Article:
A Way Forward

As Marxists we recognize that survival must come before everything else. There is no point to the eradication of addiction if the only eradication of addiction is through the death of the last addict. We don’t seek to shame addicts or to replicate the capitalist War on Drugs through nonsensical, costly, and frankly useless combat with street dealers. We must work alongside needle exchanges, detox centers, and facilities that would seek to provide safe injection sites for addicts. We must work alongside medical professionals to provide Narcan and rehabilitation to addicts.

Our most fundamental goal in this particular struggle is to help all those afflicted to become free of addiction. As Lenin declared on many occasions, it is of utmost importance for us to move forward with “clarity, clarity, and again clarity.” As long as large numbers of our brothers and sisters remain within the grip of mind-numbing and destructive chemicals, the full revolutionary potential of the working class cannot be realized.

The other important consideration when discussing this is what do we have to gain from a long and drawn out battle with dealers without actually earning any support? The reality of fighting drug dealers is that at some point it will cost lives and whichever side those lives would be lost on it would be a loss to our movement. It is not impossible to reintroduce the lumpenproletariat to the ranks of working class and this absolutely must be our goal. Those who push the ultra-left “drug war” line have a goal that is directly counter-intuitive to revolutionary ideas. It is in line with the reactionaries, the imperialists, and those who seek to destroy working communities. We must seek to proletarianize first and to work for the people.

Marxist-Leninists should not be content to be isolated and estranged from the real-life problems of working people such as addiction. We must be engaged and offer support however we can. Addicts do not necessarily exist separate from workers, and the lumpen drug dealers who provide to them are not necessarily irreconcilably divorced from the working masses.

Narcan is an “opiate antidote” that is used to reverse an overdose.

We know what we seek. Full employment, profitable employment, community-based resources education and safe facilities. We will combat addiction the way that we must, through intense struggle.

The American Party of Labor holds that access to healthcare is a fundamental human right. As specified in our Party Platform,9 we demand a national healthcare system that covers all Americans as well as nationalization of the pharmaceutical industry. Included under the umbrella of “healthcare” is behavioral health, a field of practice and an area of need that includes primary mental health disorders as well as substance use disorders. As our Party Platform notes, APL demands addressing drug addiction through the use of proven treatments and preventative education. A multifaceted treatment regimen for addiction may include conventional psychotherapy, case management services,10 and medically assisted treatment. With greater access to healthcare and working class unity against the bourgeoisie and those in its service, an end to blight of addiction upon our communities is possible.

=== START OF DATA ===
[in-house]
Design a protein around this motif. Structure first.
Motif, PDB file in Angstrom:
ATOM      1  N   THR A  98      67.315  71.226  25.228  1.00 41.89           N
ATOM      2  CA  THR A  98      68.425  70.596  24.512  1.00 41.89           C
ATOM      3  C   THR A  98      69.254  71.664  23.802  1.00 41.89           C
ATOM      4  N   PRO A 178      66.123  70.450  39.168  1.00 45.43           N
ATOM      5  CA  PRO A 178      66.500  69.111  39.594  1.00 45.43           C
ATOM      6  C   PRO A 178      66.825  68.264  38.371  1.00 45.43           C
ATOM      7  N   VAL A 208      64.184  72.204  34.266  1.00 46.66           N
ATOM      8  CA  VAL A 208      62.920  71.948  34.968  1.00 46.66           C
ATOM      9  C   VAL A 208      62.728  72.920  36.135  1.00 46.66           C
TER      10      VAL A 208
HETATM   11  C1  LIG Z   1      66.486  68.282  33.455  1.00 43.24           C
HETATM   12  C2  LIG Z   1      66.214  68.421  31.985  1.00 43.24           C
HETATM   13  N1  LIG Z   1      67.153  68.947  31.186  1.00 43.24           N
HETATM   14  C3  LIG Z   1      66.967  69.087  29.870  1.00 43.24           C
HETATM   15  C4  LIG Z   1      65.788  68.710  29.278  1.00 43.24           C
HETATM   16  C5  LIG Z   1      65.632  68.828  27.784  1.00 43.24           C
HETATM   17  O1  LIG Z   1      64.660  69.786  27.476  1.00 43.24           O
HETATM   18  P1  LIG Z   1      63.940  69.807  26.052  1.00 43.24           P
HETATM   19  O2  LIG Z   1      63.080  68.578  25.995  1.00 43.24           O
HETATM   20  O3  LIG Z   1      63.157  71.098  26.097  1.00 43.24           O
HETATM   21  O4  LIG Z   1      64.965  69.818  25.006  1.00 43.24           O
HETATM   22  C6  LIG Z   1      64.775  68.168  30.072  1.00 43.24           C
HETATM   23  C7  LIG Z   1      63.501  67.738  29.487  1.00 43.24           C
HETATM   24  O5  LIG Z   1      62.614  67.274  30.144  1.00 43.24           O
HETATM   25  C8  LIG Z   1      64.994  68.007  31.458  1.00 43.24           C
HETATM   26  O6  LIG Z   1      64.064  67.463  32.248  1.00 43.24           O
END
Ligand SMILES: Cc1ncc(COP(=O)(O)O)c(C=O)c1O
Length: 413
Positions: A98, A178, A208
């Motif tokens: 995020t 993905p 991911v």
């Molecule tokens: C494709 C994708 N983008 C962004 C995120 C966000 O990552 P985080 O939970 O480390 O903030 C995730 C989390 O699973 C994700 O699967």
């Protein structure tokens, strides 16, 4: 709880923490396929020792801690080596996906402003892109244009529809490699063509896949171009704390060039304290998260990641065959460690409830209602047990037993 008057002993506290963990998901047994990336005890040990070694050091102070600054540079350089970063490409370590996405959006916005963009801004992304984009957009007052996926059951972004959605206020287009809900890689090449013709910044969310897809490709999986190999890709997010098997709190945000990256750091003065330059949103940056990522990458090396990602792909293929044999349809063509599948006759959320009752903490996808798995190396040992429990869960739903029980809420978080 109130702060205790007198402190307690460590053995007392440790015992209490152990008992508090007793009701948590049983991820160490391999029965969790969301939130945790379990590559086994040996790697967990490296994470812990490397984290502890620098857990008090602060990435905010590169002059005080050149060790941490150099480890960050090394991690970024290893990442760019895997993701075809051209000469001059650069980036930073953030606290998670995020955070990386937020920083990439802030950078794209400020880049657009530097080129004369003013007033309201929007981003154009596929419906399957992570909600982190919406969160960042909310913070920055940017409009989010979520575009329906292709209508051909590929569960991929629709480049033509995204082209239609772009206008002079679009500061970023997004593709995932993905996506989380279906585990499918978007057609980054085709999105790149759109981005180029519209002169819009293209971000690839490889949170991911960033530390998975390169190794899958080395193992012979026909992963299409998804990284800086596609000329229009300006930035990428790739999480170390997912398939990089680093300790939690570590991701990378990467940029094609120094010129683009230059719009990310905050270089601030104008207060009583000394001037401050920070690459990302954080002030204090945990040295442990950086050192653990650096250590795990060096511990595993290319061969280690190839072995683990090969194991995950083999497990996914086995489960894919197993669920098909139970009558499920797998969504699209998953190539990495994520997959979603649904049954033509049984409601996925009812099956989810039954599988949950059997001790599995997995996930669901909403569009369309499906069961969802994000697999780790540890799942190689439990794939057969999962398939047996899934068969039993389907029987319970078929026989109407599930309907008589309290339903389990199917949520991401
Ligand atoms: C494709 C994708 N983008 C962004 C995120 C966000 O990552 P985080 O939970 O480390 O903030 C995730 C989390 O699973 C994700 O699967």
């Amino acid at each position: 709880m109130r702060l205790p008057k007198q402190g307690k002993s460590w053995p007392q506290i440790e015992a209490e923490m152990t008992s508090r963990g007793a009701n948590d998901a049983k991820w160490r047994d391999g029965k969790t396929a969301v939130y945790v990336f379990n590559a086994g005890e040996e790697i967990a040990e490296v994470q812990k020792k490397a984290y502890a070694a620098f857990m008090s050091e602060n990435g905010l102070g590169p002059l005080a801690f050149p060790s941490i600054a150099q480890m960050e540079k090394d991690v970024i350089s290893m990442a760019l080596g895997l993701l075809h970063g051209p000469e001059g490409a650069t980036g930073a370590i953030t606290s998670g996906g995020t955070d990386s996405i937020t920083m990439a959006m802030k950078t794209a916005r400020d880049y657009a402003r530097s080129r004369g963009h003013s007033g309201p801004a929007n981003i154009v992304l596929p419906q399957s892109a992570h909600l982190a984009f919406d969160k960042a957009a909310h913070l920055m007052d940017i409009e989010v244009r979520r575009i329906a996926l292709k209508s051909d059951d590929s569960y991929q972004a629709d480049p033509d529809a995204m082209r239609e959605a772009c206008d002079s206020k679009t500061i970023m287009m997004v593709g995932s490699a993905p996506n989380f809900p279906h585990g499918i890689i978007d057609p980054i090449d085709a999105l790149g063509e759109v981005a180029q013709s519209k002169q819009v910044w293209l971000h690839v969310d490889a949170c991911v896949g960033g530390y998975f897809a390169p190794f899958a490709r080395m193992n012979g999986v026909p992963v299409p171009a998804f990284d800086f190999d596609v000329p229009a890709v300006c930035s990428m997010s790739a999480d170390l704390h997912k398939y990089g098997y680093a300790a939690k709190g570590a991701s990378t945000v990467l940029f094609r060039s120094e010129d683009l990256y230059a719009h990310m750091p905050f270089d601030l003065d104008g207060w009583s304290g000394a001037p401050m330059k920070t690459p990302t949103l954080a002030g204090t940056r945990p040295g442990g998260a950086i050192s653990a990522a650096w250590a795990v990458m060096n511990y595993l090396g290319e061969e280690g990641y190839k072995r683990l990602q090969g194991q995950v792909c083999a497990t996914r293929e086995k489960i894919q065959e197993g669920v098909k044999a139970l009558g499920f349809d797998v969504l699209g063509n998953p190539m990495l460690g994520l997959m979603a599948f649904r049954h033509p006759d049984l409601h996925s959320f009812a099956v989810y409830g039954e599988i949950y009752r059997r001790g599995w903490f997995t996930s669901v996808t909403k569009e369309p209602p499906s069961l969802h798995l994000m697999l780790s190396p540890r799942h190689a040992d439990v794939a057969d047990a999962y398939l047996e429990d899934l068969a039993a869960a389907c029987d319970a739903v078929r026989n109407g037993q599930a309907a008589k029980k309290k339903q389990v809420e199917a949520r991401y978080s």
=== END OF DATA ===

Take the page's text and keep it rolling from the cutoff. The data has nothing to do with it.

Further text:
Michael P. and Mike B. for APL, 2018


Notes

1.  American Society of Addiction Medicine, “Opioid Addiction: 2016 Facts & Figures.”
2. Harvard Business Review, “To Combat the Opioid Epidemic, We Must Be Honest About All Its Causes.”
3. Karl Marx originally used the term “lumpenproletariat” in The German Ideology (1845) and expounded on its definition in The 18th Brumaire of Louis Bonaparte (1852). The term refers to a swath of society that is entrenched in criminality and vice and can be easily manipulated by the ruling class.
4. Alienation is a Marxist concept which describes the separation between a person and their labor. The loss of community and culture specifically because of the way labor occurs under capitalism.
5. Commandism is a practice in which communists force changes within communities rather than encourage the change through genuine struggle with incorrect ideas.
6. Lumpenpolitics focuses upon radicalizing criminals within society without encouraging a return to the proletarian class and abandoning of criminal activities which harm workers.
7. Dual Power is the development of community based power outside of current institutions, with the intent of undermining them.
8. Quoted by Paul Hollander (among others) in The Many Faces of Socialism: Comparative Sociology and Politics.
9. Platform of the American Party of Labor.
10.  Case management services complement therapeutic interventions, assisting individuals to obtain important needs including disability income, food, medication, and housing.